Intestate Succession

Someone who passes away without a will is called “intestate.” The California Probate Code provides rules for those who die intestate wherein the decedent’s property passes to his or her heirs. There are different rules that apply, depending on who is the next of kin.

Common Law Suicide

In Common Law, which is the law of England that was brought to the original colonies and later incorporated into state law, an intestate person who committed suicide falls under different rules than other intestate decedents. If a person committed suicide to avoid serving a punishment for a felony, the heirs got no property from the decedent; instead, the property would “escheat,” or go to the government. If a person committed suicide because of pain or just had no will to live, the real property (land and all that is attached) would pass to the heirs, while personal property (property other than land) would escheat to the government.

California, like most states, abolished this suicide rule. Today, the heirs of a person who commits suicide have the same rules as anyone else. Intestate suicide is the same as any other intestate death.

Community Property v. Separate Property

The California Probate Code distinguishes between community property and separate property. Community property is property accumulated after the marriage. It belongs to the “community,” which is both the husband and wife. This is applicable even if one spouse was a homemaker while the other spouse worked long hours at a corporate job.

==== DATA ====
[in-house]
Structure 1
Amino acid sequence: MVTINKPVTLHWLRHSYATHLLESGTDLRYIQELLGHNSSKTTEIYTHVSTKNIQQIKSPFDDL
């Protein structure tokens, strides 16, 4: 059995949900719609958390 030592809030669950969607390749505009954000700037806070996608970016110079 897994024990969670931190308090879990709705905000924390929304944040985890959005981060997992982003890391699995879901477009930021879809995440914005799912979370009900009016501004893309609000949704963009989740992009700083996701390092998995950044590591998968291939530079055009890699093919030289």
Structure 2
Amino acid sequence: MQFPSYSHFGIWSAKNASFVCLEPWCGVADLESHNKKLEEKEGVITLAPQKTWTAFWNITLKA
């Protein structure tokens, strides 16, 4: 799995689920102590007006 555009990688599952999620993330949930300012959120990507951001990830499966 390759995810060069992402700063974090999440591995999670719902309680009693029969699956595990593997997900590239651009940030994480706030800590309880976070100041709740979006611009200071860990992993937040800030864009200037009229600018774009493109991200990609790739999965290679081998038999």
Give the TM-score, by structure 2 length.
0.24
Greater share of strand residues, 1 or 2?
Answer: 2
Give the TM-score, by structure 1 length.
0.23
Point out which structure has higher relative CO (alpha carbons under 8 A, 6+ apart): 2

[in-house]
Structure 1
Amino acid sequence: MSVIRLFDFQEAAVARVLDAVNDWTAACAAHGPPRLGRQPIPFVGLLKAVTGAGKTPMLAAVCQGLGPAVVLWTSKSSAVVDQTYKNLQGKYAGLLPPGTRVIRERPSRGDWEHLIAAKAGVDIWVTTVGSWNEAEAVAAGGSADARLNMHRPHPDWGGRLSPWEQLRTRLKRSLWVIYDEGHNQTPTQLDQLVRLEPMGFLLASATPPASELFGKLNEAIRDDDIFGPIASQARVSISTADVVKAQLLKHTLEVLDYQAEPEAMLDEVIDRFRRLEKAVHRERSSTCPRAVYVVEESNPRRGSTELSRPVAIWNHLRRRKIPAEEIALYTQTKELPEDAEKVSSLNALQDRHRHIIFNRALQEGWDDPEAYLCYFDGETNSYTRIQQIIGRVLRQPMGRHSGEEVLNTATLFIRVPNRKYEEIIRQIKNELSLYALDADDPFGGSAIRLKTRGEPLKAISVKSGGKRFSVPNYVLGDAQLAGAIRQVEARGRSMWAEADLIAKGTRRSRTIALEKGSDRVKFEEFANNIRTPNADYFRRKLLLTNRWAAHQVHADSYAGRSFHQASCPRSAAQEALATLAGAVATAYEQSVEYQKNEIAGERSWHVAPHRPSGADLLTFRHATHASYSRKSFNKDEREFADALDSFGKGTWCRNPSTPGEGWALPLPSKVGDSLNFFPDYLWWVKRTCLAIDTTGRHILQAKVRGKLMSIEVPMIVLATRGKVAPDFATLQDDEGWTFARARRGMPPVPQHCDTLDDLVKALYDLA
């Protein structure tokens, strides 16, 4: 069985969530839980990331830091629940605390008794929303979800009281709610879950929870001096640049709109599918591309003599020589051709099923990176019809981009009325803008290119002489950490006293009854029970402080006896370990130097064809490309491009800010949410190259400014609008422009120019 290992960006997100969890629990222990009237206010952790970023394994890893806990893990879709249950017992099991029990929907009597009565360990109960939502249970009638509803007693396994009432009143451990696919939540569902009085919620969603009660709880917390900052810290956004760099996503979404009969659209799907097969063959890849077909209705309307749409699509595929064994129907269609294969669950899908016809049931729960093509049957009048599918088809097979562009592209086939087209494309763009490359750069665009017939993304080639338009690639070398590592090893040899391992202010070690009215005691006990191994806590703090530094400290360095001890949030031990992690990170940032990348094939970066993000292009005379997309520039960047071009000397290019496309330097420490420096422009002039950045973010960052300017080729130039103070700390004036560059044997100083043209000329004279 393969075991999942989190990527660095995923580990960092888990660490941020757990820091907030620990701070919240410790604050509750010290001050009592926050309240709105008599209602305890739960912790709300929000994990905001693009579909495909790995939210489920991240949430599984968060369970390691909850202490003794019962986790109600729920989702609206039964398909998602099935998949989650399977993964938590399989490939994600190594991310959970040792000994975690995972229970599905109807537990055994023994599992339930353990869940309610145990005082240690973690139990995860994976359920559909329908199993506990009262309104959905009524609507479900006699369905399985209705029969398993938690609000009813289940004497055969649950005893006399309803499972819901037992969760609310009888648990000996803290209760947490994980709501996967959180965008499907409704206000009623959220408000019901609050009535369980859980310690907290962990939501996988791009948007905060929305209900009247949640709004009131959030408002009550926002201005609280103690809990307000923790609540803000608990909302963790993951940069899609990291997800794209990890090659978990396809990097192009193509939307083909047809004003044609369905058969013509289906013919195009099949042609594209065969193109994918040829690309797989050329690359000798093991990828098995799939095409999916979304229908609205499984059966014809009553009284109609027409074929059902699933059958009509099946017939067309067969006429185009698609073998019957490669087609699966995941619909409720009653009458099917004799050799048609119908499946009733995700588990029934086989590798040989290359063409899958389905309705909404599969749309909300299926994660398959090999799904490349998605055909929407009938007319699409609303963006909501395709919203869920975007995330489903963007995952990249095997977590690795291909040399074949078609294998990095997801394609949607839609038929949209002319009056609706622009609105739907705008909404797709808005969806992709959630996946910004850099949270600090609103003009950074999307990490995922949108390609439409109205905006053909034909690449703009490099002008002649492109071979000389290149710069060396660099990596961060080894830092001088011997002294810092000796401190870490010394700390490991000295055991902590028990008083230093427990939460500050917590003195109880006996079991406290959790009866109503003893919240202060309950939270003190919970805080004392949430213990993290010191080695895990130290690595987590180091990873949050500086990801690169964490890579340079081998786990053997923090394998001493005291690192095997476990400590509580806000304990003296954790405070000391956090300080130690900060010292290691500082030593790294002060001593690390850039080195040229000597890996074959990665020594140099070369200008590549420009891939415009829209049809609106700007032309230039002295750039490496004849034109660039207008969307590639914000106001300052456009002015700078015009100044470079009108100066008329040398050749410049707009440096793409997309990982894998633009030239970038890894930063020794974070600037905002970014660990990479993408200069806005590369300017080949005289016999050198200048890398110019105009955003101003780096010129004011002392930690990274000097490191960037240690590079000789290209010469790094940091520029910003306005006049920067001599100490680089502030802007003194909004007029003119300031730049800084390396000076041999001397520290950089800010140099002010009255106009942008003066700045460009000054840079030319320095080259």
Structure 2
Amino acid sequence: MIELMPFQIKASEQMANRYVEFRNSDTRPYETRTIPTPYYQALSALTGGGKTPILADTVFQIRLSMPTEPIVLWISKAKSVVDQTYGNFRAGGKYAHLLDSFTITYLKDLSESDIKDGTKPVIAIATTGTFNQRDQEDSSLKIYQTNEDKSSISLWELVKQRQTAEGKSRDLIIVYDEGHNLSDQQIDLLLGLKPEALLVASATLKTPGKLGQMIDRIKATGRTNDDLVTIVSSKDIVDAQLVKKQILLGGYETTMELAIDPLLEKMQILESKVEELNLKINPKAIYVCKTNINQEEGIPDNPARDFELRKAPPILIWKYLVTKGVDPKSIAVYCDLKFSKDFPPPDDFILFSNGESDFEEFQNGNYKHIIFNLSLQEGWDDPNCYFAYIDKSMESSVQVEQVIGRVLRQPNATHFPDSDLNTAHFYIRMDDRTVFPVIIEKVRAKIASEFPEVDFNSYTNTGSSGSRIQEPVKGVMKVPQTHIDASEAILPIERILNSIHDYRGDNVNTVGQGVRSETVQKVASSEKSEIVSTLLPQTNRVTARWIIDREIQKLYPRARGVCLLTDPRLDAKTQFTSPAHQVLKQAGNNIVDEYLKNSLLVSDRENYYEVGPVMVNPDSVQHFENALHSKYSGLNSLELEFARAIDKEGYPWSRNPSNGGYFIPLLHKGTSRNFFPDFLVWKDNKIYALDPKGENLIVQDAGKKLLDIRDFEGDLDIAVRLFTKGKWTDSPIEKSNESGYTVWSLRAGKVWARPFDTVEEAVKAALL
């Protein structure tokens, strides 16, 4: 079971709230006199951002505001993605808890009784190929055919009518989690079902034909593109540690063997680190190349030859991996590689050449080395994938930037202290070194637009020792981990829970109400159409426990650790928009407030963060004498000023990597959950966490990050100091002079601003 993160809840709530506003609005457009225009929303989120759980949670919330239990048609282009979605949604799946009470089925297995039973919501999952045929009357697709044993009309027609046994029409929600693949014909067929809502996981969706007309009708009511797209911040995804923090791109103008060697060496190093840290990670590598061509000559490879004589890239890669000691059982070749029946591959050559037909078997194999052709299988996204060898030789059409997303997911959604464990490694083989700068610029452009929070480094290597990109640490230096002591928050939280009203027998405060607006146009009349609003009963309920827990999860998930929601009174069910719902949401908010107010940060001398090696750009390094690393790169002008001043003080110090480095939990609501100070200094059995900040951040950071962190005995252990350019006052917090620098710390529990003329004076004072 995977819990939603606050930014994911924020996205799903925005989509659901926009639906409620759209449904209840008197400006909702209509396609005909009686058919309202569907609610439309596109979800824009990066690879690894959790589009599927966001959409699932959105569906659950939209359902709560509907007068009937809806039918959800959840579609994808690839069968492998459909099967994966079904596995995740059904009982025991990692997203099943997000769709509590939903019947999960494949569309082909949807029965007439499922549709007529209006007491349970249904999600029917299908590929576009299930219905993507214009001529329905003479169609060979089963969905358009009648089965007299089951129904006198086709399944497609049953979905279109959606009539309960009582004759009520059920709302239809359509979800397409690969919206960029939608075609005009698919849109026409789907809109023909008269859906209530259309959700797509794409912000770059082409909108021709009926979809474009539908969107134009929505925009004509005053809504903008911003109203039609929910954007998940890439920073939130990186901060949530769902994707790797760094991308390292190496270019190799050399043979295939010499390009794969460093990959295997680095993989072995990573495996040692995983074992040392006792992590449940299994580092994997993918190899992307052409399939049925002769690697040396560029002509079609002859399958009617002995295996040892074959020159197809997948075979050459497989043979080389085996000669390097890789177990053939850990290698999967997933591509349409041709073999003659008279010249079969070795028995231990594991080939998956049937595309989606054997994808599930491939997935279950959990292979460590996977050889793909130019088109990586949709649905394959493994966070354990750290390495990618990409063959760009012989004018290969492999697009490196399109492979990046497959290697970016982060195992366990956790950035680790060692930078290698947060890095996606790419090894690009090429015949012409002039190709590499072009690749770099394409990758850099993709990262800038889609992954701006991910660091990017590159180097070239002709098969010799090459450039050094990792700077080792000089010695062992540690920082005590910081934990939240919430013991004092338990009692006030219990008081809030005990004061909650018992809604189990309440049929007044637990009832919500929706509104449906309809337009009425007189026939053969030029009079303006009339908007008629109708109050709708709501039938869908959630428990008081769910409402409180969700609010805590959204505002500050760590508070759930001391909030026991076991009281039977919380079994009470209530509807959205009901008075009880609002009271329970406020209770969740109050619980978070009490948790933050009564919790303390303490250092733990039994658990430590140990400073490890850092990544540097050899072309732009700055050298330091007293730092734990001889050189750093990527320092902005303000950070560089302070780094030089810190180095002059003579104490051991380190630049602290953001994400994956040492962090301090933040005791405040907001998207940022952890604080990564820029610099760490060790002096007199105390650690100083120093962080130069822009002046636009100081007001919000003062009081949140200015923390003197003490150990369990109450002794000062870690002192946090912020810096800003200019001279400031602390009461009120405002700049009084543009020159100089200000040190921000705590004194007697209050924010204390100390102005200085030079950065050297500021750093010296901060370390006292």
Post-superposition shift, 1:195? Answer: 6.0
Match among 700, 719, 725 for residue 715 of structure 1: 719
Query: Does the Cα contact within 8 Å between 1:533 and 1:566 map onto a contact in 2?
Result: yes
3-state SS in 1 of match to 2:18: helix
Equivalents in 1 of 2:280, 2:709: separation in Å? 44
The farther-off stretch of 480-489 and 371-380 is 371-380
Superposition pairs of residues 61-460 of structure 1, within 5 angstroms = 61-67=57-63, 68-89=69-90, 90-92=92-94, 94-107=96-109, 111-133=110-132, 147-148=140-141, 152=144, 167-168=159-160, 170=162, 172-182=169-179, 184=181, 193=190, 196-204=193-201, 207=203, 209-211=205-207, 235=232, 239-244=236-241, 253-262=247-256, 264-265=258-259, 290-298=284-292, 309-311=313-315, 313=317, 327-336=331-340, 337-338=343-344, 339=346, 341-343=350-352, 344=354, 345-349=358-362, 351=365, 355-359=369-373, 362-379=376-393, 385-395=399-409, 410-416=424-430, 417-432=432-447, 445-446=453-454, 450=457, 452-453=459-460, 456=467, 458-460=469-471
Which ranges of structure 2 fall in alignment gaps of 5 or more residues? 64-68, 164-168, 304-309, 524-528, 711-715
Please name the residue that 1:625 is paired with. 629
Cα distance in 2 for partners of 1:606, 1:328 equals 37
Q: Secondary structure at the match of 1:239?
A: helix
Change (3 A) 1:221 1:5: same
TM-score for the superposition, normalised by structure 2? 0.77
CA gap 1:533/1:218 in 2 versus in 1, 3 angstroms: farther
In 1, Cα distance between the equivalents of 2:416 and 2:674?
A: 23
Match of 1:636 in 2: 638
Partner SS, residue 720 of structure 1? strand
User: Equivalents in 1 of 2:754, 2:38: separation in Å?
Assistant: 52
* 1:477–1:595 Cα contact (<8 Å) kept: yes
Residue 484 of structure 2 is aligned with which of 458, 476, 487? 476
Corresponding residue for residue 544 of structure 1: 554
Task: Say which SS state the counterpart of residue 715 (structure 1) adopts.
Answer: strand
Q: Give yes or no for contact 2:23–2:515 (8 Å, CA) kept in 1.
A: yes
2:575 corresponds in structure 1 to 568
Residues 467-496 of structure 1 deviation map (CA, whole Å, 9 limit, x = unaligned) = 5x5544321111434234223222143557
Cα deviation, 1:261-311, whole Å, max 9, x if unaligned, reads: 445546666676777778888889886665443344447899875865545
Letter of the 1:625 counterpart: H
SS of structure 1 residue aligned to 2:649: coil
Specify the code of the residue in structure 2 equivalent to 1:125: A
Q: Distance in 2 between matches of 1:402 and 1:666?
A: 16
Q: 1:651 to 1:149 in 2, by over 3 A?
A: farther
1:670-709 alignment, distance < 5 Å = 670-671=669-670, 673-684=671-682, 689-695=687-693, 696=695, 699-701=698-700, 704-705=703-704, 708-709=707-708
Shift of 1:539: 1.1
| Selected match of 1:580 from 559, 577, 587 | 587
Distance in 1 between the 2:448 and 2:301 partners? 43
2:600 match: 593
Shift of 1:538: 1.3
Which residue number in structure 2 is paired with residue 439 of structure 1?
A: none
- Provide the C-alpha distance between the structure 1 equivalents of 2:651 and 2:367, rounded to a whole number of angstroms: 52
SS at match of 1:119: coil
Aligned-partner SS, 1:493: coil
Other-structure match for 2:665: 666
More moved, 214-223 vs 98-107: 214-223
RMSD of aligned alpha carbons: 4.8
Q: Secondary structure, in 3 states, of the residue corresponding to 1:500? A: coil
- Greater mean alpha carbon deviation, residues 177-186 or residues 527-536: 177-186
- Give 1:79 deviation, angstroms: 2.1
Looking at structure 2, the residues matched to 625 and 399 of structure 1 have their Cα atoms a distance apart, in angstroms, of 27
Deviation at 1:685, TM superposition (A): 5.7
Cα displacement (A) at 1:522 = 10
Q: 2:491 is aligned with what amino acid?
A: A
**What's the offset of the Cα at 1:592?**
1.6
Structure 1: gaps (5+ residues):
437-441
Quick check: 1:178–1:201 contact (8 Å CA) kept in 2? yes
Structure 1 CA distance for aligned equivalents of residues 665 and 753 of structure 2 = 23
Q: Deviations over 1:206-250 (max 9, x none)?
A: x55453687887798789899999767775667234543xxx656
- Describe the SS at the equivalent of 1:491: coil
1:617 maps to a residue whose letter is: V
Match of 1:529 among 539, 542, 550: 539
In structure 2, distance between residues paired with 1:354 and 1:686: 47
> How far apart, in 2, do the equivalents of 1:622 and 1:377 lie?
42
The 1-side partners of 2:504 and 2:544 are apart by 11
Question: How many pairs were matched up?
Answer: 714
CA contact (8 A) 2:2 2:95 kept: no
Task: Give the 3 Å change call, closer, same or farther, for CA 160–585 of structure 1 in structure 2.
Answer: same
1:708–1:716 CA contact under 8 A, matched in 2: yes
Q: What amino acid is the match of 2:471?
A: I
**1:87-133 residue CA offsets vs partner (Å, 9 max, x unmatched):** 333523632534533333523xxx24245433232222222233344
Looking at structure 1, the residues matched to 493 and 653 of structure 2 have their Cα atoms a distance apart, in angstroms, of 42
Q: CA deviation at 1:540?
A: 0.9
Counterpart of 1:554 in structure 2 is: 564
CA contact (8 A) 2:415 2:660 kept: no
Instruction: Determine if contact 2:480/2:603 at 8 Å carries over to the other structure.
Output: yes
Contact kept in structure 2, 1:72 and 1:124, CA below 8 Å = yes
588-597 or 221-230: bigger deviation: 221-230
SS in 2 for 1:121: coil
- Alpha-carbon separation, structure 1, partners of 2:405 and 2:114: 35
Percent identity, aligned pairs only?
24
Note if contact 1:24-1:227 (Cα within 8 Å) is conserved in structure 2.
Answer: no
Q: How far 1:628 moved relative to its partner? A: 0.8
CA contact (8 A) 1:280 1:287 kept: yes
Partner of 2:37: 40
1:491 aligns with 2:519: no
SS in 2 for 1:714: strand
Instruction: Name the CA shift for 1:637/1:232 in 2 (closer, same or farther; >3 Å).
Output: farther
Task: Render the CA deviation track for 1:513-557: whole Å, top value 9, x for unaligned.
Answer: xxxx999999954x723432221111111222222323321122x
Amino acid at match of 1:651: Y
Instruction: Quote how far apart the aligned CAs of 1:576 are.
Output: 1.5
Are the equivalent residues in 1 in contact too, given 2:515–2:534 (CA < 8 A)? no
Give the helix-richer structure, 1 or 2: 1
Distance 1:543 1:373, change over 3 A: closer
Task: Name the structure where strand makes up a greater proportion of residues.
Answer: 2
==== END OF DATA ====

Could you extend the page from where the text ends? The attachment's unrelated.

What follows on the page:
Separate property is property that was brought into the marriage. Suppose two highly successful tech executives marry when both are well into their 40s. Prior to their marriage, each spouse accumulated a number of properties. In that instance, the property remains “separate” even upon marriage.

Note that property acquired via gifts and inheritance is separate property, even if such property is acquired during the marriage.

Chart for Intestate Succession

The California Probate Code provides that the following scheme is the order of inheritance with respect to intestate succession:

  • Spouse and no other heirs: Spouse takes all property
  • Children and no other heirs: Children take all property
  • Parents and no other heirs: Parents take all property
  • Siblings and no other heirs: Siblings take all property
  • Spouse and children: Spouse takes all community property and either ½ or a 1/3 of the separate property; children have no share in the community property and take either ½ or 1/3 of the separate property
  • Spouse and parents: Spouse takes all community property and ½ of separate property; parents take ½ of separate property
  • Spouse and siblings: Spouse takes all community property and ½ of separate property; siblings take ½ of separate property

This is only for intestate succession. If you execute a will, you generally have the option of leaving property to whomever you please.

Considering drafting a will? Setting up a trust? Speak with a Hayward Bay Area Estate Planning firm who is knowledgeable and experienced in wills and trusts. Speak with the Hayward estate planning law firm of Melanie Tavare.